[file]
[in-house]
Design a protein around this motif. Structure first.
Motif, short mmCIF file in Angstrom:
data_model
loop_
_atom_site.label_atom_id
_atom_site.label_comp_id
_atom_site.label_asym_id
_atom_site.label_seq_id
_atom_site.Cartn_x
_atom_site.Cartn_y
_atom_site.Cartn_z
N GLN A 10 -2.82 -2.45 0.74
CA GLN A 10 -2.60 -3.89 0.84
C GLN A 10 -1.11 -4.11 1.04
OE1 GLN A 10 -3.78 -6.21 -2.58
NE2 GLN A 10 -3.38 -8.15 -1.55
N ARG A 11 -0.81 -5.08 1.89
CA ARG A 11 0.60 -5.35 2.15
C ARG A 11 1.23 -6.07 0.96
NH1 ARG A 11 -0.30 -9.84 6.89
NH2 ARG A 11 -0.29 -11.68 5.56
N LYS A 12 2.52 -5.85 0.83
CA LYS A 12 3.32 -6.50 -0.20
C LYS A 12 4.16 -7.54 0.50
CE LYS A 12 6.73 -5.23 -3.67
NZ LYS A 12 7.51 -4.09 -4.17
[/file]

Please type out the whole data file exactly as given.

[in-house]
Design a protein around this motif. Structure first.
Motif, short mmCIF file in Angstrom:
data_model
loop_
_atom_site.label_atom_id
_atom_site.label_comp_id
_atom_site.label_asym_id
_atom_site.label_seq_id
_atom_site.Cartn_x
_atom_site.Cartn_y
_atom_site.Cartn_z
N GLN A 10 -2.82 -2.45 0.74
CA GLN A 10 -2.60 -3.89 0.84
C GLN A 10 -1.11 -4.11 1.04
OE1 GLN A 10 -3.78 -6.21 -2.58
NE2 GLN A 10 -3.38 -8.15 -1.55
N ARG A 11 -0.81 -5.08 1.89
CA ARG A 11 0.60 -5.35 2.15
C ARG A 11 1.23 -6.07 0.96
NH1 ARG A 11 -0.30 -9.84 6.89
NH2 ARG A 11 -0.29 -11.68 5.56
N LYS A 12 2.52 -5.85 0.83
CA LYS A 12 3.32 -6.50 -0.20
C LYS A 12 4.16 -7.54 0.50
CE LYS A 12 6.73 -5.23 -3.67
NZ LYS A 12 7.51 -4.09 -4.17